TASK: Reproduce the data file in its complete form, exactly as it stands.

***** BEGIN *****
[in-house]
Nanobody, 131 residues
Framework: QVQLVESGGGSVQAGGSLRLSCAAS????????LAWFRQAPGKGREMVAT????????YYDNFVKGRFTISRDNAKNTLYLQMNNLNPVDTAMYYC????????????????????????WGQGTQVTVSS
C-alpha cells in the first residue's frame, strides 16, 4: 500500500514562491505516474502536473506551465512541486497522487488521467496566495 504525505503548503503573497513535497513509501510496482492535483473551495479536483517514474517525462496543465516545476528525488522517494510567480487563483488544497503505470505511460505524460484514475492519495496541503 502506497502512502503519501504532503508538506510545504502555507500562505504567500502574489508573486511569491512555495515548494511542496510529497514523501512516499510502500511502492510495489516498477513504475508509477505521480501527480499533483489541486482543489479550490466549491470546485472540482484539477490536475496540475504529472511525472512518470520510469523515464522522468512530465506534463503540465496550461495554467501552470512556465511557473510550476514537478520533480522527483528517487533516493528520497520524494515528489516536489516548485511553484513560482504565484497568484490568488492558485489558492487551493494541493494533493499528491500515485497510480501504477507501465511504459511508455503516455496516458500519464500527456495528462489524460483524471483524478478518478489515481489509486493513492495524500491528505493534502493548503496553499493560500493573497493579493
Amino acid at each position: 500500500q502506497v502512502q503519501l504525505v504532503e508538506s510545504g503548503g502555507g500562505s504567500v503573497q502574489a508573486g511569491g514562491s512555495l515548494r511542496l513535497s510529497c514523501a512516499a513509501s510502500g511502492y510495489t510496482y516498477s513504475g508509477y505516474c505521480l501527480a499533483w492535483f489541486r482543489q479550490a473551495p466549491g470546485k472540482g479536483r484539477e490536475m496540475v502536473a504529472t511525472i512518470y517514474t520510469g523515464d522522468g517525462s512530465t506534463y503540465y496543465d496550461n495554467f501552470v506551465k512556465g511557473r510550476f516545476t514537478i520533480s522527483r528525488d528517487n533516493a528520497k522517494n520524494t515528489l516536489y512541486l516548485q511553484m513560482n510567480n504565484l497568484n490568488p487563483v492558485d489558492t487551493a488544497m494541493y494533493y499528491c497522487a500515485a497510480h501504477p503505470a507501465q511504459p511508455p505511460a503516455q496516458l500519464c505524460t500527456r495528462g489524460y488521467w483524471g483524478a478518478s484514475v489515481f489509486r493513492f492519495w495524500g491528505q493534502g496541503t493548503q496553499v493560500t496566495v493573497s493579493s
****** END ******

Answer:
[in-house]
Nanobody, 131 residues
Framework: QVQLVESGGGSVQAGGSLRLSCAAS????????LAWFRQAPGKGREMVAT????????YYDNFVKGRFTISRDNAKNTLYLQMNNLNPVDTAMYYC????????????????????????WGQGTQVTVSS
C-alpha cells in the first residue's frame, strides 16, 4: 500500500514562491505516474502536473506551465512541486497522487488521467496566495 504525505503548503503573497513535497513509501510496482492535483473551495479536483517514474517525462496543465516545476528525488522517494510567480487563483488544497503505470505511460505524460484514475492519495496541503 502506497502512502503519501504532503508538506510545504502555507500562505504567500502574489508573486511569491512555495515548494511542496510529497514523501512516499510502500511502492510495489516498477513504475508509477505521480501527480499533483489541486482543489479550490466549491470546485472540482484539477490536475496540475504529472511525472512518470520510469523515464522522468512530465506534463503540465496550461495554467501552470512556465511557473510550476514537478520533480522527483528517487533516493528520497520524494515528489516536489516548485511553484513560482504565484497568484490568488492558485489558492487551493494541493494533493499528491500515485497510480501504477507501465511504459511508455503516455496516458500519464500527456495528462489524460483524471483524478478518478489515481489509486493513492495524500491528505493534502493548503496553499493560500493573497493579493
Amino acid at each position: 500500500q502506497v502512502q503519501l504525505v504532503e508538506s510545504g503548503g502555507g500562505s504567500v503573497q502574489a508573486g511569491g514562491s512555495l515548494r511542496l513535497s510529497c514523501a512516499a513509501s510502500g511502492y510495489t510496482y516498477s513504475g508509477y505516474c505521480l501527480a499533483w492535483f489541486r482543489q479550490a473551495p466549491g470546485k472540482g479536483r484539477e490536475m496540475v502536473a504529472t511525472i512518470y517514474t520510469g523515464d522522468g517525462s512530465t506534463y503540465y496543465d496550461n495554467f501552470v506551465k512556465g511557473r510550476f516545476t514537478i520533480s522527483r528525488d528517487n533516493a528520497k522517494n520524494t515528489l516536489y512541486l516548485q511553484m513560482n510567480n504565484l497568484n490568488p487563483v492558485d489558492t487551493a488544497m494541493y494533493y499528491c497522487a500515485a497510480h501504477p503505470a507501465q511504459p511508455p505511460a503516455q496516458l500519464c505524460t500527456r495528462g489524460y488521467w483524471g483524478a478518478s484514475v489515481f489509486r493513492f492519495w495524500g491528505q493534502g496541503t493548503q496553499v493560500t496566495v493573497s493579493s